B. Rights or Legitimate Interests

Complainant has argued that Respondent has no rights or legitimate interests in respect of the Disputed Domain Names because, inter alia, “Respondent is not affiliated with Complainant in any way nor has he been authorized by Complainant to use and register their trademarks, or to seek registration of any domain name incorporating said mark”; “Respondent did not demonstrate use of, or demonstrable preparations to use, the domain names in connection with a bona fide offering of goods or services”; “the disputed domain names <viamicelin.com>, <micelin.com> and <micheln.com> resolve[] to a parking page displaying commercial links, and some of them are related to cartographic and/or automotive products and/or services, including maps as well as tires and notably those of Complainant and its competitors”; because the Disputed Domain Names “direct[] Internet users to a parking page with pay-per-clicks which are likely to generate revenues […] it cannot be inferred that Respondent is making a legitimate non-commercial or fair use of disputed domain name[s]”; “Respondent has registered the disputed domain names with a privacy shield service to hide his identity and prevent Complainant from contacting him”; and “Respondent never answered to Complainant’s letter despite several reminder[s]”.

Under the Policy, “a complainant is required to make out a prima facie case that the respondent lacks rights or legitimate interests. Once such prima facie case is made, the burden of production shifts to the respondent to come forward with appropriate allegations or evidence demonstrating rights or legitimate interests in the domain name. If the respondent fails to come forward with such appropriate allegations or evidence, a complainant is generally deemed to have satisfied paragraph 4(a)(ii) of the UDRP.” WIPO Overview 2.0, paragraph 2.1.

The Panel finds that Complainant has established its prima facie case and without any evidence from Respondent to the contrary, the Panel is satisfied that Complainant has satisfied the second element of the Policy.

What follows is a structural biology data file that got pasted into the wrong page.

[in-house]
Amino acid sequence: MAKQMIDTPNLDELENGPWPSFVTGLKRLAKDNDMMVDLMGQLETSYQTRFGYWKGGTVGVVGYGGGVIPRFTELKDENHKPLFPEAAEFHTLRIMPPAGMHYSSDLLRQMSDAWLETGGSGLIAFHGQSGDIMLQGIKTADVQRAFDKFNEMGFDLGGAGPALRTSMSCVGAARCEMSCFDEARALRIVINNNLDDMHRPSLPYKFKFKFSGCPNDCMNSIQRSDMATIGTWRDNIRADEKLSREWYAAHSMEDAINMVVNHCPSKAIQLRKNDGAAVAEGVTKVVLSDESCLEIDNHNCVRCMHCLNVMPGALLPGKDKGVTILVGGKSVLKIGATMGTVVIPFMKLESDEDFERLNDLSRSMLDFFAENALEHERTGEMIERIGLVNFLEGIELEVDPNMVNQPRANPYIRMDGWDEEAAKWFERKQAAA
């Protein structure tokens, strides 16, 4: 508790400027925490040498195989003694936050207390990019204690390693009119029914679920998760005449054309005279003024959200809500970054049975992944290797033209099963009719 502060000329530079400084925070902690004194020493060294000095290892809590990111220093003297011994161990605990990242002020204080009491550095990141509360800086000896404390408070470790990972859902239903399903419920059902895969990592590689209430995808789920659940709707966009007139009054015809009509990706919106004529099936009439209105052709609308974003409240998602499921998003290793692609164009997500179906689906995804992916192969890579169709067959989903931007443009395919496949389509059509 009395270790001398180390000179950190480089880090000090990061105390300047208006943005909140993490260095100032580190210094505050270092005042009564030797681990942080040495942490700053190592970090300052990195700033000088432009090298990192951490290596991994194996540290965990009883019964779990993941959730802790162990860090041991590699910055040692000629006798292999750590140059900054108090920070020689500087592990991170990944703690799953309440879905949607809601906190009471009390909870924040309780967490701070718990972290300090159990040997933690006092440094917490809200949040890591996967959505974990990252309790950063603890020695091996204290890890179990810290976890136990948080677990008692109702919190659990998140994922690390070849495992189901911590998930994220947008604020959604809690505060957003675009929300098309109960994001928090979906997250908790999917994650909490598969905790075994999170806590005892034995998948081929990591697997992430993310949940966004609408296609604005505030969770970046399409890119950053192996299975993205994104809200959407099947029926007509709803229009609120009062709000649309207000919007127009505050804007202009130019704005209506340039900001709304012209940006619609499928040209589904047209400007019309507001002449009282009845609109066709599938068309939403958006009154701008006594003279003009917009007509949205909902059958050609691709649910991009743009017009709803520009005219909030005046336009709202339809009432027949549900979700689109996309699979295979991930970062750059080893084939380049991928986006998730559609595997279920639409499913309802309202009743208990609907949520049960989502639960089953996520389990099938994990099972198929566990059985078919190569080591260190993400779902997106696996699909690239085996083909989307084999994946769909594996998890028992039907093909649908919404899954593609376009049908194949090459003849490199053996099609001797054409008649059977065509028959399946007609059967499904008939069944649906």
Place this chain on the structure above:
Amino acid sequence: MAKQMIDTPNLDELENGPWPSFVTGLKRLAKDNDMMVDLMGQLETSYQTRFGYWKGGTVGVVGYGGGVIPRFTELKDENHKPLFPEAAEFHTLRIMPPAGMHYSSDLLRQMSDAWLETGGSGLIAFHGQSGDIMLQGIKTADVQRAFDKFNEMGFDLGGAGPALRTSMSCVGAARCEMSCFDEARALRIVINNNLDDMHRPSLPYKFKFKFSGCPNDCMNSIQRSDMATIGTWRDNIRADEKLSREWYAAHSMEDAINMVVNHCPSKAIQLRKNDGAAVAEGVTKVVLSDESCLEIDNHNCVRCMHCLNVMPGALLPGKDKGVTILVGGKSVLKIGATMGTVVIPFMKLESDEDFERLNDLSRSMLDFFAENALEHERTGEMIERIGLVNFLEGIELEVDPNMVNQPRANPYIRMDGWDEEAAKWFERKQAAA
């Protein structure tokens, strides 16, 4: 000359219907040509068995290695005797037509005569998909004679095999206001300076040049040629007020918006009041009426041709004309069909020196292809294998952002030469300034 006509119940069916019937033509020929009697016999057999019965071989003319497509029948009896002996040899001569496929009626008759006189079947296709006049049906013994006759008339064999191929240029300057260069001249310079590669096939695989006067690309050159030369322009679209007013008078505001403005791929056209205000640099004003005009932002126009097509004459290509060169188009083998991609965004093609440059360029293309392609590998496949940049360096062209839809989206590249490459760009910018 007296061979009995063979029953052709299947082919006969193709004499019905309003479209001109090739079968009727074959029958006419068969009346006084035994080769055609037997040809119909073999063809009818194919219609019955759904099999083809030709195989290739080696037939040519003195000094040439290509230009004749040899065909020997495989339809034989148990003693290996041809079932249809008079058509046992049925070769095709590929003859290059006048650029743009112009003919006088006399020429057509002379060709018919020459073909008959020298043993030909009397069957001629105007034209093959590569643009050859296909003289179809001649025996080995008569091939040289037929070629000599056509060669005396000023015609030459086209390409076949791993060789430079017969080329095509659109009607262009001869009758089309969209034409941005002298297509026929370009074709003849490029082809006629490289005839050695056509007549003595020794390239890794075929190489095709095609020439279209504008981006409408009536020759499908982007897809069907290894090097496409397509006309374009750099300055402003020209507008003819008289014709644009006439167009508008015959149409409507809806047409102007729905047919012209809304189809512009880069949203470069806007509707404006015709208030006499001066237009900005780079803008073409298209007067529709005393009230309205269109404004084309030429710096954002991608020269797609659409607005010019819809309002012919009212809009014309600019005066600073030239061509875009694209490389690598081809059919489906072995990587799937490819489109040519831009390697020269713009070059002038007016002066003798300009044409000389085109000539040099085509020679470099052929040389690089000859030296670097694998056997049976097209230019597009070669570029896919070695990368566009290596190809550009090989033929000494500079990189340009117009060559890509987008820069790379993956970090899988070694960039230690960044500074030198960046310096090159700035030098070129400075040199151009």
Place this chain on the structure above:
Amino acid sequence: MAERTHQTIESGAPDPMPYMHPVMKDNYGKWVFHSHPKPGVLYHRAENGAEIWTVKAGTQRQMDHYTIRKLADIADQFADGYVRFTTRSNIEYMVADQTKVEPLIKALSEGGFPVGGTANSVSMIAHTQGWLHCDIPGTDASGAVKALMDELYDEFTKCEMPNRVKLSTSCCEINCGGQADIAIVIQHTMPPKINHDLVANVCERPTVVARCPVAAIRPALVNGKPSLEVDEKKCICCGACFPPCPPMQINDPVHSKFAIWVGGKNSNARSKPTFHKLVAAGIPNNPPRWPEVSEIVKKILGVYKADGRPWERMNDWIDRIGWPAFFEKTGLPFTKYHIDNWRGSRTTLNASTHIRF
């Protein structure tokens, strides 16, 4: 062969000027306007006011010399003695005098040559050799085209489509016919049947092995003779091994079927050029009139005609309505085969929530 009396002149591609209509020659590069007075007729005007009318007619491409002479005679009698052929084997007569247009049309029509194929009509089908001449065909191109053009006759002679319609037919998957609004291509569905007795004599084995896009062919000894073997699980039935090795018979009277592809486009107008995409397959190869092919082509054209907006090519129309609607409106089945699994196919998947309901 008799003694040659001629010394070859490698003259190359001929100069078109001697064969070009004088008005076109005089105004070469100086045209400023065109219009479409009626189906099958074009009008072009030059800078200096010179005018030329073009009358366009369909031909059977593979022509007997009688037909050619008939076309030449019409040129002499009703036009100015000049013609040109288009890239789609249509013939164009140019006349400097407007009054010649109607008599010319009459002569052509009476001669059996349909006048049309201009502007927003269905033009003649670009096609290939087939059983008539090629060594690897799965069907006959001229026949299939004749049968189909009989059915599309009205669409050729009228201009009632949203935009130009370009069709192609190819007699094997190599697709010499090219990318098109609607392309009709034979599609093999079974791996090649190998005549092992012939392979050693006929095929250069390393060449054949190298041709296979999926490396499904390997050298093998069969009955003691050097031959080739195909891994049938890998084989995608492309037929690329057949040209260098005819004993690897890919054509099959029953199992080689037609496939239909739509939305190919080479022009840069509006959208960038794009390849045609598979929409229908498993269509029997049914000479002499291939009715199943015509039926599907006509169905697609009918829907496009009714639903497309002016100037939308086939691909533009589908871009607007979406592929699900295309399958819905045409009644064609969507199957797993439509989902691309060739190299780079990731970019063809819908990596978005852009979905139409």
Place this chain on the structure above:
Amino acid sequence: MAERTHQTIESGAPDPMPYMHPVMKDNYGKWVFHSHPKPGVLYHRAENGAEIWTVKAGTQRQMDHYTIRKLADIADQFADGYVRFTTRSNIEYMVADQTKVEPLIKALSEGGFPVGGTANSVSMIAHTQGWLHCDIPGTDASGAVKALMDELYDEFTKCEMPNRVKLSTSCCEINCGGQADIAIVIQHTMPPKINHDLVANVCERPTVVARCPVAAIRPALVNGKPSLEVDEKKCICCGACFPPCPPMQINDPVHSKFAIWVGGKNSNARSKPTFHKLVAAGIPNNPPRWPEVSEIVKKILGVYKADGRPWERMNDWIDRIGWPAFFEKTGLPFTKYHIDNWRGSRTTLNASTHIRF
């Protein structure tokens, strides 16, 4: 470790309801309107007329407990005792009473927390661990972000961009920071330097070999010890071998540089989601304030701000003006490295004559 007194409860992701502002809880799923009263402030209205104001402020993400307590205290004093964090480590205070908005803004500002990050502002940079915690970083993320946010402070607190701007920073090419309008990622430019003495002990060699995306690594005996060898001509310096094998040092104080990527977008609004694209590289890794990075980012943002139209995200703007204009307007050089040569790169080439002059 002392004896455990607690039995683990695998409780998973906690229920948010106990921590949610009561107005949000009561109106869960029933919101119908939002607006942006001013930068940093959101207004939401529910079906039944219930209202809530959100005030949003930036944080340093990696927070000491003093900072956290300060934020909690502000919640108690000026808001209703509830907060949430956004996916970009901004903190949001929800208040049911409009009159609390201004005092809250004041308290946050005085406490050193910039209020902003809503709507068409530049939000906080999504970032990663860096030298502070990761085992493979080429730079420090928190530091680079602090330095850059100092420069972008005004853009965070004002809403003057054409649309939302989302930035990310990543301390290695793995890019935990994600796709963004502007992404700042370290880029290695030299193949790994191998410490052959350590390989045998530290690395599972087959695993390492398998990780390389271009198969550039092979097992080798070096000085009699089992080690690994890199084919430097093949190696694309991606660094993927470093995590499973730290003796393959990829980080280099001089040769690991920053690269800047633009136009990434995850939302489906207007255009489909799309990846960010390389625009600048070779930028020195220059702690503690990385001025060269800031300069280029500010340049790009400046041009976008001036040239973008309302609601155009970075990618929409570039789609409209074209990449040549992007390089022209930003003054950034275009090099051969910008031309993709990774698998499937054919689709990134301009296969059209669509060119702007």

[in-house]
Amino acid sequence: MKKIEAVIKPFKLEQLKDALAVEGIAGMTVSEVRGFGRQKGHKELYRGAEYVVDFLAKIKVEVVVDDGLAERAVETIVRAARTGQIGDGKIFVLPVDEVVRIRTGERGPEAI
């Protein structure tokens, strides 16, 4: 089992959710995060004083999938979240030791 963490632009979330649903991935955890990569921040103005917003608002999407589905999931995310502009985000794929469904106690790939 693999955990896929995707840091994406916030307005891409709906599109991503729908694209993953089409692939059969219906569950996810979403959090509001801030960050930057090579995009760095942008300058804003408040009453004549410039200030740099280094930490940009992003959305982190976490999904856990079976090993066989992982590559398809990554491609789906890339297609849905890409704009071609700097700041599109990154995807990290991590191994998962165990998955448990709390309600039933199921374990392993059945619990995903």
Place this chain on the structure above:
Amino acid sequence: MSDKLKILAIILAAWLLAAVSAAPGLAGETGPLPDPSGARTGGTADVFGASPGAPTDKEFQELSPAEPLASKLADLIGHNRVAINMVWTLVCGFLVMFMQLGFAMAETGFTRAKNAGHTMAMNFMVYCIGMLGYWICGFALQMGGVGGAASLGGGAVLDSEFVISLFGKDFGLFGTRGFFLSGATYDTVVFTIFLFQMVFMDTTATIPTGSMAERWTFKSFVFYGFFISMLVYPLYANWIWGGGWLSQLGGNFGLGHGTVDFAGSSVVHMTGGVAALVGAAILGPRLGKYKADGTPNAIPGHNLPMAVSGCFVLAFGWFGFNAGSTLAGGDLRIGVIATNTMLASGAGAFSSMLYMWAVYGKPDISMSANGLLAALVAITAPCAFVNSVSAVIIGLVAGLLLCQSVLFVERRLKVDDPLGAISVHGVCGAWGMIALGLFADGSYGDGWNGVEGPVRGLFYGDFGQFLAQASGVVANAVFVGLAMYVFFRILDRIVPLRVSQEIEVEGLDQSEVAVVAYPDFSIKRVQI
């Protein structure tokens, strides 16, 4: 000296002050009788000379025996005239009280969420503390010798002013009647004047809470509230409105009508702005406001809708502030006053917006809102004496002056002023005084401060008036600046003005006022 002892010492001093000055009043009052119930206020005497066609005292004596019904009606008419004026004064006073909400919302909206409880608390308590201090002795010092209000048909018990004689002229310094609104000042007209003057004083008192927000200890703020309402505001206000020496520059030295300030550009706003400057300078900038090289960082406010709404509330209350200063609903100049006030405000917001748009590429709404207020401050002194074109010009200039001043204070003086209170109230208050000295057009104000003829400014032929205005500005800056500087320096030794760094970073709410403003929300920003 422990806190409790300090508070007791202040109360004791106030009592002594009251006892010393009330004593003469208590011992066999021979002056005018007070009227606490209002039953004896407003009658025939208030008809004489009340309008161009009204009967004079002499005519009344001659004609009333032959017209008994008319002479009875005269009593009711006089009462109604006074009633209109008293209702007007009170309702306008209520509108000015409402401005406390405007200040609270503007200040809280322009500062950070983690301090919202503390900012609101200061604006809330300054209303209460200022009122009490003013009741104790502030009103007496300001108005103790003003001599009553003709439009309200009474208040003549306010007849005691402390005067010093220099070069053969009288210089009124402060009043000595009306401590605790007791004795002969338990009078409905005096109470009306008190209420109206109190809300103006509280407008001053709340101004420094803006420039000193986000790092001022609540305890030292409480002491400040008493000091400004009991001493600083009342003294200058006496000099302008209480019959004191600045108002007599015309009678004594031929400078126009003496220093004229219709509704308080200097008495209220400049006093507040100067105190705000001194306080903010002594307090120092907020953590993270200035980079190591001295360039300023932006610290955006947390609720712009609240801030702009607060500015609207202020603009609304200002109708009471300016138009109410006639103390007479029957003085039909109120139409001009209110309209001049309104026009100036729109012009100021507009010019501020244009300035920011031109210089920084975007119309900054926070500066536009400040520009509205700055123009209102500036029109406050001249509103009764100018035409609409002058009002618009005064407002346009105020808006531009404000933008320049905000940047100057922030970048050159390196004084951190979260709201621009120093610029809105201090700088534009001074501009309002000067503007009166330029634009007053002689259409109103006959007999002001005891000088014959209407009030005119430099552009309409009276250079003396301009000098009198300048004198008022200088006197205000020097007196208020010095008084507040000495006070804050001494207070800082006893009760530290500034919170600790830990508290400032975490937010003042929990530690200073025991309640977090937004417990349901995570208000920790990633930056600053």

C. Registered and Used in Bad Faith

Whether a domain name is registered and used in bad faith for purposes of the Policy may be determined by evaluating four (non-exhaustive) factors set forth in the Policy: (i) circumstances indicating that the respondent has registered or the respondent has acquired the domain name primarily for the purpose of selling, renting, or otherwise transferring the domain name registration to the complainant who is the owner of the trademark or service mark or to a competitor of that complainant, for valuable consideration in excess of the respondent’s documented out-of-pocket costs directly related to the domain name; or (ii) the respondent has registered the domain name in order to prevent the owner of the trademark or service mark from reflecting the mark in a corresponding domain name, provided that the respondent has engaged in a pattern of such conduct; or (iii) the respondent has registered the domain name primarily for the purpose of disrupting the business of a competitor; or (iv) by using the domain name, the respondent has intentionally attempted to attract, for commercial gain, Internet users to the respondent’s website or other online location, by creating a likelihood of confusion with the complainant’s mark as to the source, sponsorship, affiliation, or endorsement of the respondent’s website or location or of a product or service on the respondent’s website or location. Policy, paragraph 4(b).

In this case, Complainant in effect argues that bad faith exists pursuant to Policy paragraph 4(b)(iv), for the reasons set forth above.

Numerous panels have found the registration and use of domain names that are confusingly similar to a complainant’s trademark to constitute bad faith pursuant to paragraph 4(b)(iv) of the Policy where, as here, the domain names are associated with monetized parking pages that contain links for goods or services related to the complainant. See, e.g., Wal-Mart Stores, Inc. v. Whois Privacy, Inc., WIPO Case No. D2005-0850; Columbia Pictures Industries, Inc. v. North West Enterprise, Inc., WIPO Case No. D2006-0951; and Dr. Martens International Trading GmbH, Dr. Maertens Marketing GmbH v. Private Whois Service, WIPO Case No. D2011-1753.

Accordingly, the Panel finds that Complainant has proven the third element of the Policy.

7. Decision

For the foregoing reasons, in accordance with paragraphs 4(i) of the Policy and 15 of the Rules, the Panel orders that the Disputed Domain Names <micelin.com>, <micheln.com> and <viamicelin.com> be transferred to the Complainant.

Douglas M. Isenberg
Sole Panelist
Date: October 17, 2016